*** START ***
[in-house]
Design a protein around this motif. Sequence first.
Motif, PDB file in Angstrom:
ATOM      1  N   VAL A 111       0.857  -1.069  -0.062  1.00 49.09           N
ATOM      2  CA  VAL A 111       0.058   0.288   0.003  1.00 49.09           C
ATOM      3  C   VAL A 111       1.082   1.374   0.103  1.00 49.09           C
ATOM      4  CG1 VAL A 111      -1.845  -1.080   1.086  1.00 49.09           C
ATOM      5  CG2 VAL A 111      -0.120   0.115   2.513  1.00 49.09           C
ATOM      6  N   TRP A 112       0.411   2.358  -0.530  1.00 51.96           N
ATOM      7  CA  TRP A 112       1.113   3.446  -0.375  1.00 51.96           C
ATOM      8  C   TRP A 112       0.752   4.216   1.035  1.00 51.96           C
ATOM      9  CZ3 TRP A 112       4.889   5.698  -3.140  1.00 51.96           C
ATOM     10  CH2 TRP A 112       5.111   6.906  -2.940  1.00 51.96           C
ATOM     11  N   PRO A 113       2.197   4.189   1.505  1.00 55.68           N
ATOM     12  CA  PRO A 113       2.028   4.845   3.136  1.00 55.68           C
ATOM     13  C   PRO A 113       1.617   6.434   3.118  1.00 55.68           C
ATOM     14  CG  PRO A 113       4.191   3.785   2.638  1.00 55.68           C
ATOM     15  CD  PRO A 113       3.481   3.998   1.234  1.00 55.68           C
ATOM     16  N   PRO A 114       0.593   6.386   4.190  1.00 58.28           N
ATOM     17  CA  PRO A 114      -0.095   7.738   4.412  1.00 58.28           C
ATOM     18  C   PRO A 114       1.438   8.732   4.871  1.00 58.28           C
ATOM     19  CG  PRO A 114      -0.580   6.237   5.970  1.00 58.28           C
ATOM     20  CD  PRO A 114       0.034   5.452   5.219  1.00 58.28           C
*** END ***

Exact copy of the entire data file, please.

[in-house]
Design a protein around this motif. Sequence first.
Motif, PDB file in Angstrom:
ATOM      1  N   VAL A 111       0.857  -1.069  -0.062  1.00 49.09           N
ATOM      2  CA  VAL A 111       0.058   0.288   0.003  1.00 49.09           C
ATOM      3  C   VAL A 111       1.082   1.374   0.103  1.00 49.09           C
ATOM      4  CG1 VAL A 111      -1.845  -1.080   1.086  1.00 49.09           C
ATOM      5  CG2 VAL A 111      -0.120   0.115   2.513  1.00 49.09           C
ATOM      6  N   TRP A 112       0.411   2.358  -0.530  1.00 51.96           N
ATOM      7  CA  TRP A 112       1.113   3.446  -0.375  1.00 51.96           C
ATOM      8  C   TRP A 112       0.752   4.216   1.035  1.00 51.96           C
ATOM      9  CZ3 TRP A 112       4.889   5.698  -3.140  1.00 51.96           C
ATOM     10  CH2 TRP A 112       5.111   6.906  -2.940  1.00 51.96           C
ATOM     11  N   PRO A 113       2.197   4.189   1.505  1.00 55.68           N
ATOM     12  CA  PRO A 113       2.028   4.845   3.136  1.00 55.68           C
ATOM     13  C   PRO A 113       1.617   6.434   3.118  1.00 55.68           C
ATOM     14  CG  PRO A 113       4.191   3.785   2.638  1.00 55.68           C
ATOM     15  CD  PRO A 113       3.481   3.998   1.234  1.00 55.68           C
ATOM     16  N   PRO A 114       0.593   6.386   4.190  1.00 58.28           N
ATOM     17  CA  PRO A 114      -0.095   7.738   4.412  1.00 58.28           C
ATOM     18  C   PRO A 114       1.438   8.732   4.871  1.00 58.28           C
ATOM     19  CG  PRO A 114      -0.580   6.237   5.970  1.00 58.28           C
ATOM     20  CD  PRO A 114       0.034   5.452   5.219  1.00 58.28           C